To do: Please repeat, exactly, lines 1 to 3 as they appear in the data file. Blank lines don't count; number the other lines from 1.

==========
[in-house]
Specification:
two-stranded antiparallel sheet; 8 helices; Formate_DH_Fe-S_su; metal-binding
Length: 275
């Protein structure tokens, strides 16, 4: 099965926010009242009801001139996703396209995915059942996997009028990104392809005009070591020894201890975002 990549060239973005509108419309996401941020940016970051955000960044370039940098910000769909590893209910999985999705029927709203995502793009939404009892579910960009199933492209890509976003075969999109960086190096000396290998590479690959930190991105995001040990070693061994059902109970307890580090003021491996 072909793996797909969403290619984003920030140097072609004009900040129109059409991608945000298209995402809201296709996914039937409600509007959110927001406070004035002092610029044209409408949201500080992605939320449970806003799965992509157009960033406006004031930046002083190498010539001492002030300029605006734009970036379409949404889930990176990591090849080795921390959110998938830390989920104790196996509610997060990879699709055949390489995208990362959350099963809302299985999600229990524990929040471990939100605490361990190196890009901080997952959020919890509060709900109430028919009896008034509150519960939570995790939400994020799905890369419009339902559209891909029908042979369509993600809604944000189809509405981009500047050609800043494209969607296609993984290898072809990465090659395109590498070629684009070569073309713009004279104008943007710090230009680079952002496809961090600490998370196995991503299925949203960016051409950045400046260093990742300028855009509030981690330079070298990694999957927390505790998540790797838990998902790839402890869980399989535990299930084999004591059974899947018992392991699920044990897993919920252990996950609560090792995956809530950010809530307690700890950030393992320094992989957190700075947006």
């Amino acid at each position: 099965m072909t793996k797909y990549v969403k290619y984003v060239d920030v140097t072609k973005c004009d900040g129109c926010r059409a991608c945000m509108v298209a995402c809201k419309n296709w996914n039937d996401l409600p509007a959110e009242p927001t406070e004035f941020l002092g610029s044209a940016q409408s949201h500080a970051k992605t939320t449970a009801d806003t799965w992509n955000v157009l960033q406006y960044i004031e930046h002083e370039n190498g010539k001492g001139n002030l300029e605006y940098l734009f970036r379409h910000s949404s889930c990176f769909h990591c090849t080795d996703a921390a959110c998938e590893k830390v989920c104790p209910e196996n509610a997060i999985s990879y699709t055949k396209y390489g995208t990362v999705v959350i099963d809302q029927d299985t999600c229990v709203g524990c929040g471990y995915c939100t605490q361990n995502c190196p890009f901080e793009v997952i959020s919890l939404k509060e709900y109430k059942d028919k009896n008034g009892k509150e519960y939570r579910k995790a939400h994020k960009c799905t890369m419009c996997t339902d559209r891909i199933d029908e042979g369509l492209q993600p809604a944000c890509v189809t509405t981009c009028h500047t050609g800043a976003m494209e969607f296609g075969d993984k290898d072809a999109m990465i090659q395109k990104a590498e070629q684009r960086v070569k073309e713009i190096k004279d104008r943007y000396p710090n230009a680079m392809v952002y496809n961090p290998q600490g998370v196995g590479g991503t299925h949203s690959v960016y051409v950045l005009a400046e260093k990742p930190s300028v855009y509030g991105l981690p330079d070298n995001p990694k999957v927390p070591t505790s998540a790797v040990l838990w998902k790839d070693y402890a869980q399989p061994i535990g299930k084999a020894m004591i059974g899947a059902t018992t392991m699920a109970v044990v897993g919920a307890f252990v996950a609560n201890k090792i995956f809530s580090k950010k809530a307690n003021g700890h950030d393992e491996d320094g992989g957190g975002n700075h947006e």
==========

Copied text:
[in-house]
Specification:
two-stranded antiparallel sheet; 8 helices; Formate_DH_Fe-S_su; metal-binding